Buyer’s Guide to Amino Acid Supplements

Buyer's guide to amino acids

There are hundreds of amino acids, but only a small handful are used by the human body. Of that small handful, only 9 are “essential”, meaning that they cannot be synthesized by the body from other substances and have to be taken in as part of the diet. There are 13 additional “non-essential” amino acids that are useful to the body, but not a necessary part of the diet as the body can create them from other substances. Collectively, these 22 amino acids that the human body uses are called the “standard amino acids”.

The Essential Amino Acids

The 9 essential amino acids are histidine, isoleucine, leucine, lysine, methionine, phenylalanine, threonine, tryptophan and valine. Each plays a unique role, but collectively they are all needed to support all of the body’s basic physiological functions. Deficiency in even one of them can compromise your immune system, cause fatigue, and reduce muscle tissue as the body strips it for the amino acids it needs.

Essential amino acids are components of protein. If you’re eating protein, you’re taking in at least some of the essential amino acids. Not all protein sources have the same amino acid profile, however. When you see people talk about the “quality” of protein, what they’re primarily referring to is how much and how many of the essential amino acids it contains.

The Non-Essential Amino Acids

The 13 non-essential amino acids are alanine, arginine, asparagine, aspartic acid, cysteine, glutamic acid, glutamine, glycine, ornithine, proline, selenocysteine, serine, and tyrosine. They’re hardly “non-essential” to the body, as they’re needed for all sorts of basic physiological processes just like the essential amino acids are. But if you’re eating enough protein and healthy carbohydrates, your body will have enough raw material to synthesize any non-essential aminos that it isn’t getting from your food.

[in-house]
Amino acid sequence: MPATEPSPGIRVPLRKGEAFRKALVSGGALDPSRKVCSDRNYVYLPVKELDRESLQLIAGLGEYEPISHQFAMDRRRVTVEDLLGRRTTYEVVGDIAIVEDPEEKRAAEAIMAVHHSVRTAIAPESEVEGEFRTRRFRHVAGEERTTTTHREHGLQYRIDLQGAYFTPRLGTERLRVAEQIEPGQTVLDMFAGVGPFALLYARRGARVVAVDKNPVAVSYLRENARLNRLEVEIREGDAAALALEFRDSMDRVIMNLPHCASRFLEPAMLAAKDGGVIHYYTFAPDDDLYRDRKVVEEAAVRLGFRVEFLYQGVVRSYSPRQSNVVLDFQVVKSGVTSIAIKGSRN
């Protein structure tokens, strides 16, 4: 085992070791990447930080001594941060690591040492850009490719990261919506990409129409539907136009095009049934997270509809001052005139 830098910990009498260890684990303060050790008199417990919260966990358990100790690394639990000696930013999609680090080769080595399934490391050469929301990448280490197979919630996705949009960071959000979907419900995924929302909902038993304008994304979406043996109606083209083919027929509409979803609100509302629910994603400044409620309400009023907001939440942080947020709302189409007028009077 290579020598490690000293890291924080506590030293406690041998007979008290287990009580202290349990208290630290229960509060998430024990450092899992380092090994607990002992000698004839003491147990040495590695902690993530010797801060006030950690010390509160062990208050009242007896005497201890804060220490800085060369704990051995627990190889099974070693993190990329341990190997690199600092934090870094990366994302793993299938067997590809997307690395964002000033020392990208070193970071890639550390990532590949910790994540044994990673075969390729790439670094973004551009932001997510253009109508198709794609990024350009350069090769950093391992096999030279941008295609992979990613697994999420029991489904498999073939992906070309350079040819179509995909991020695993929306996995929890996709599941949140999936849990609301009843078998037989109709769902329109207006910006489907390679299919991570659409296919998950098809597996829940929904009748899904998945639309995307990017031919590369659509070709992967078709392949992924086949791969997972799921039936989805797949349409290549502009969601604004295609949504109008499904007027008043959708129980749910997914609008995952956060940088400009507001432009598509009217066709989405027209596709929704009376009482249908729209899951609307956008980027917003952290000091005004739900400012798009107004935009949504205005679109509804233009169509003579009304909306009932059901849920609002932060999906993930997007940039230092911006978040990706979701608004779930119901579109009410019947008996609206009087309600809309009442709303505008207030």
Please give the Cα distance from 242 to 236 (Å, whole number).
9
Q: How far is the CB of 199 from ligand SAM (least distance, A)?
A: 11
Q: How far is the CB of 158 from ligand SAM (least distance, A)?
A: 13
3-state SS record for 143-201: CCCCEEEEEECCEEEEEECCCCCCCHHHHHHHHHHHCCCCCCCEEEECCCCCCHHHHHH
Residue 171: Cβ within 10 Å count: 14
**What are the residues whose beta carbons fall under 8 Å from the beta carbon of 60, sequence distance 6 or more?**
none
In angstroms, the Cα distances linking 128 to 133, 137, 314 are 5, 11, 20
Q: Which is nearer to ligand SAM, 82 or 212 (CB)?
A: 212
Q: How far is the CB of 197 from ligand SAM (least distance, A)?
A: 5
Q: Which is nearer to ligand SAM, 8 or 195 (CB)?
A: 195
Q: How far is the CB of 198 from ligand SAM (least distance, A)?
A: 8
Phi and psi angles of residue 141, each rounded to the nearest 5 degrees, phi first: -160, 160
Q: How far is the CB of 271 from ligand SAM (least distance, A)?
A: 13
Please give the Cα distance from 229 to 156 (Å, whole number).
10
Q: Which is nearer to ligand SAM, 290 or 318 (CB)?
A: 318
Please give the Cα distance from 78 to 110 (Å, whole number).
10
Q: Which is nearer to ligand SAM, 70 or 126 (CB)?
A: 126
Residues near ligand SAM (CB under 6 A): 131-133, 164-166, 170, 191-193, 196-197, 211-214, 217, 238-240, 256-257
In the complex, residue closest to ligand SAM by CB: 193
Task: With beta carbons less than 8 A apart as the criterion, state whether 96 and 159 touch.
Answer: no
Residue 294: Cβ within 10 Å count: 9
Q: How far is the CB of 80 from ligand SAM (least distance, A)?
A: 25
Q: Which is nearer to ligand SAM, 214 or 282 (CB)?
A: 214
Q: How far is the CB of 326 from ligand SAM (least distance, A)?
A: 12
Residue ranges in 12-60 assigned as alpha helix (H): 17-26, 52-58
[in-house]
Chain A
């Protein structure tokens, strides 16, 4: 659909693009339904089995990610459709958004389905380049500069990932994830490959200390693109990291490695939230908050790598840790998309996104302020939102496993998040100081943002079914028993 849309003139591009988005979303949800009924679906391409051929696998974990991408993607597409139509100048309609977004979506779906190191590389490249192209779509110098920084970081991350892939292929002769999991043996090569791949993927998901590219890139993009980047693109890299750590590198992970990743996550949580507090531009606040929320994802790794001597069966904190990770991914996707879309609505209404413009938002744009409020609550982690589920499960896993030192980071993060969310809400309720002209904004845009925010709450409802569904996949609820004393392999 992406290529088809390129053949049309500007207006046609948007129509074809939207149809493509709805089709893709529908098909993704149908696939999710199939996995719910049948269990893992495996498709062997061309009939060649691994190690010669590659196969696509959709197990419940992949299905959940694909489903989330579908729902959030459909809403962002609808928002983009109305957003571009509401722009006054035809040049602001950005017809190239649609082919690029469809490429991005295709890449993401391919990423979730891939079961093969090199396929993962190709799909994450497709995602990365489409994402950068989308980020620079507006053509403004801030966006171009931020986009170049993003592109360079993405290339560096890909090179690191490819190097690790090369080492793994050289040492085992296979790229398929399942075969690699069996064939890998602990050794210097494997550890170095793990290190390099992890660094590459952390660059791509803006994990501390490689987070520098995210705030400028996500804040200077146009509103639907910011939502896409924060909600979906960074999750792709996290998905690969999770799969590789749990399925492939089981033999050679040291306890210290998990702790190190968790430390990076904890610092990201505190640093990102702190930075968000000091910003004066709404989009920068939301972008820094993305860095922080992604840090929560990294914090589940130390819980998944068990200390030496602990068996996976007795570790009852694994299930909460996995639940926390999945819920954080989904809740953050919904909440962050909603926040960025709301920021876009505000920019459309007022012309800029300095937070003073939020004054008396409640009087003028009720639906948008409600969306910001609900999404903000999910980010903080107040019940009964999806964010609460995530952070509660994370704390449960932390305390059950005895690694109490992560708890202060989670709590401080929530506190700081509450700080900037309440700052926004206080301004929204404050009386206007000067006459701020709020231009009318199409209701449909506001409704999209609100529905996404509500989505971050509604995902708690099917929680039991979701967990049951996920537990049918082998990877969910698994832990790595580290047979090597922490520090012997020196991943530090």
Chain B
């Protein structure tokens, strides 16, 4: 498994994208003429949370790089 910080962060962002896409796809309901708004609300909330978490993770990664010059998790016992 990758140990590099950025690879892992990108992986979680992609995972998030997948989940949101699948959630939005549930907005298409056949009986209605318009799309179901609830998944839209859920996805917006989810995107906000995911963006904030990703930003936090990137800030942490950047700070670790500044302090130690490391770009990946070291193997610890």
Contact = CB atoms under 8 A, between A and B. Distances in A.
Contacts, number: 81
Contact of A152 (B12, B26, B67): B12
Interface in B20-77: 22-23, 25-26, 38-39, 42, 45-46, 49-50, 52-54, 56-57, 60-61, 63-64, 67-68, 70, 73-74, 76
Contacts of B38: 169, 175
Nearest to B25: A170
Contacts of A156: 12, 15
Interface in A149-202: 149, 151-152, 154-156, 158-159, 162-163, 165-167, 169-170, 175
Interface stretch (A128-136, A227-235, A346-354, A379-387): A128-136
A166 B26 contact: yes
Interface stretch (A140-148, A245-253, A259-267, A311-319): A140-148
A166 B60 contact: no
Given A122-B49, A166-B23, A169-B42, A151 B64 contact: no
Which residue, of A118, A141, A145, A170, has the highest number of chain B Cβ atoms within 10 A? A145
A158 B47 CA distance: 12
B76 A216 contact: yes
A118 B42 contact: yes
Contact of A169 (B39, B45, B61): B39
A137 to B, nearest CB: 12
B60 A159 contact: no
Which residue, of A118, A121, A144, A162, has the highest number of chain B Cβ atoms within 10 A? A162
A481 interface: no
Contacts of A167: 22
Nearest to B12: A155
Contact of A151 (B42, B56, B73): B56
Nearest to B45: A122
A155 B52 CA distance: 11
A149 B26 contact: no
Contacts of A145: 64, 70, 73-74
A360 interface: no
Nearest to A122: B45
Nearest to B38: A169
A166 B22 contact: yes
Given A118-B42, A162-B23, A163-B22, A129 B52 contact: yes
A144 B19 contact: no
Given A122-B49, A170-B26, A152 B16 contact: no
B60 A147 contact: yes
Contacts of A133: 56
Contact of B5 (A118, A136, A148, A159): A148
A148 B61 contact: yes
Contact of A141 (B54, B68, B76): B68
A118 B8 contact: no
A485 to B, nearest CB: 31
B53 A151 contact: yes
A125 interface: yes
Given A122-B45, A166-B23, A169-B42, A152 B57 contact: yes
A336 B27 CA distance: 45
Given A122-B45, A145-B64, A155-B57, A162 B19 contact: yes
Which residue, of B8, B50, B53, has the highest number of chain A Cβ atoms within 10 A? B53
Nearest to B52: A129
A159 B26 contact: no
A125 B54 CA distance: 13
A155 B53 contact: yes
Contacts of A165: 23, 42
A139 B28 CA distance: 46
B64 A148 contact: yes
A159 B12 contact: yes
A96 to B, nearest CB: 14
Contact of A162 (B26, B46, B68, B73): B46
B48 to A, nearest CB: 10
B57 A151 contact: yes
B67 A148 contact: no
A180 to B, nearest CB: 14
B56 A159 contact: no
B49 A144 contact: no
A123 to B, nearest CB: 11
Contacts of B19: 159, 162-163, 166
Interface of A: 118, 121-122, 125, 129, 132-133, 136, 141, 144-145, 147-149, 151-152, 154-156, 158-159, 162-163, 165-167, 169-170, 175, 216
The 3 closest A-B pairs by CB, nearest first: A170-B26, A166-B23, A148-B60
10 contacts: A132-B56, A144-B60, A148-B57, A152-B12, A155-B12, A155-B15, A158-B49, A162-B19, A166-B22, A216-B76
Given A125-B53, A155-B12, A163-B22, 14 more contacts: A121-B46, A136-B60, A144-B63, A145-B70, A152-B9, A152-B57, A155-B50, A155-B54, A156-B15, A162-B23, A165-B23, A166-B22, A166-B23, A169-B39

Diet and When to Supplement

If you’re concerned about getting enough amino acids in your diet, you really only need to make sure you’re taking in an adequate amount of protein every day. If you regularly eat meat, fish, poultry, and eggs, or if you drink milk or eat cottage cheese, you likely don’t need to supplement with amino acids for nutritional purposes.

Aminos are a bit more of a challenge for vegetarians and vegans, however. Beans provide an amino acid profile that’s similar to that of meat, but unless you’re planning on eating beans and rice at every meal, you might run into some problems with deficiency. You can get smaller amounts of all of the essential aminos from various nuts and vegetables, but you’ll really have to keep an eye on what you’re eating and know the nutritional content of everything you’re taking in to ensure you’re not deficient. A powdered protein supplement may be appropriate, and they can be found in vegan and vegetarian alternatives such as hemp, soy, and pea.

Aminos for Bodybuilding – the BCAAs and Glutamine

There are three essential amino acids that are of special interest to bodybuilders and competitive athletes. These are isoleucine, leucine, and valine, collectively known as the branched-chain amino acids (or BCAAs).